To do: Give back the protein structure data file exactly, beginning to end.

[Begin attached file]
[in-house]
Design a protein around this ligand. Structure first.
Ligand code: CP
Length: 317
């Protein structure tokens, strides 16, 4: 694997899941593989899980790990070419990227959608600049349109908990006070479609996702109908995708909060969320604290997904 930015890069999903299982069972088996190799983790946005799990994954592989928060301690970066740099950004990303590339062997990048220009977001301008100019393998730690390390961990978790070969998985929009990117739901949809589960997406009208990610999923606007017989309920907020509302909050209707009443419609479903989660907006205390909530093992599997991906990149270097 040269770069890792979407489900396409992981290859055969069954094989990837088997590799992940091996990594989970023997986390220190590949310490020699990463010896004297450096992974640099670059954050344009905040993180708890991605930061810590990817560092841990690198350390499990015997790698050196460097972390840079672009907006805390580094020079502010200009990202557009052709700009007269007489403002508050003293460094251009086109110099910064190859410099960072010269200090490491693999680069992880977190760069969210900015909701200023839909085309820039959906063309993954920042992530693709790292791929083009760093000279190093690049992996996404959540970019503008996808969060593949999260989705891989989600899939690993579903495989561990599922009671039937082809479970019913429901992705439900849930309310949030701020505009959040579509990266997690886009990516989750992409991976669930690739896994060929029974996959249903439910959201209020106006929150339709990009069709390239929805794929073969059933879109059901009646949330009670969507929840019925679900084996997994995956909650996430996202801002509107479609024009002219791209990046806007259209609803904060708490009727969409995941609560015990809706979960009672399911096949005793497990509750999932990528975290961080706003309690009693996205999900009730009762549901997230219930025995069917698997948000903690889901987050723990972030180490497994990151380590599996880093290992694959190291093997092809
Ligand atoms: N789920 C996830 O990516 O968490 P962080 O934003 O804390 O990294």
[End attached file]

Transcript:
[in-house]
Design a protein around this ligand. Structure first.
Ligand code: CP
Length: 317
């Protein structure tokens, strides 16, 4: 694997899941593989899980790990070419990227959608600049349109908990006070479609996702109908995708909060969320604290997904 930015890069999903299982069972088996190799983790946005799990994954592989928060301690970066740099950004990303590339062997990048220009977001301008100019393998730690390390961990978790070969998985929009990117739901949809589960997406009208990610999923606007017989309920907020509302909050209707009443419609479903989660907006205390909530093992599997991906990149270097 040269770069890792979407489900396409992981290859055969069954094989990837088997590799992940091996990594989970023997986390220190590949310490020699990463010896004297450096992974640099670059954050344009905040993180708890991605930061810590990817560092841990690198350390499990015997790698050196460097972390840079672009907006805390580094020079502010200009990202557009052709700009007269007489403002508050003293460094251009086109110099910064190859410099960072010269200090490491693999680069992880977190760069969210900015909701200023839909085309820039959906063309993954920042992530693709790292791929083009760093000279190093690049992996996404959540970019503008996808969060593949999260989705891989989600899939690993579903495989561990599922009671039937082809479970019913429901992705439900849930309310949030701020505009959040579509990266997690886009990516989750992409991976669930690739896994060929029974996959249903439910959201209020106006929150339709990009069709390239929805794929073969059933879109059901009646949330009670969507929840019925679900084996997994995956909650996430996202801002509107479609024009002219791209990046806007259209609803904060708490009727969409995941609560015990809706979960009672399911096949005793497990509750999932990528975290961080706003309690009693996205999900009730009762549901997230219930025995069917698997948000903690889901987050723990972030180490497994990151380590599996880093290992694959190291093997092809
Ligand atoms: N789920 C996830 O990516 O968490 P962080 O934003 O804390 O990294």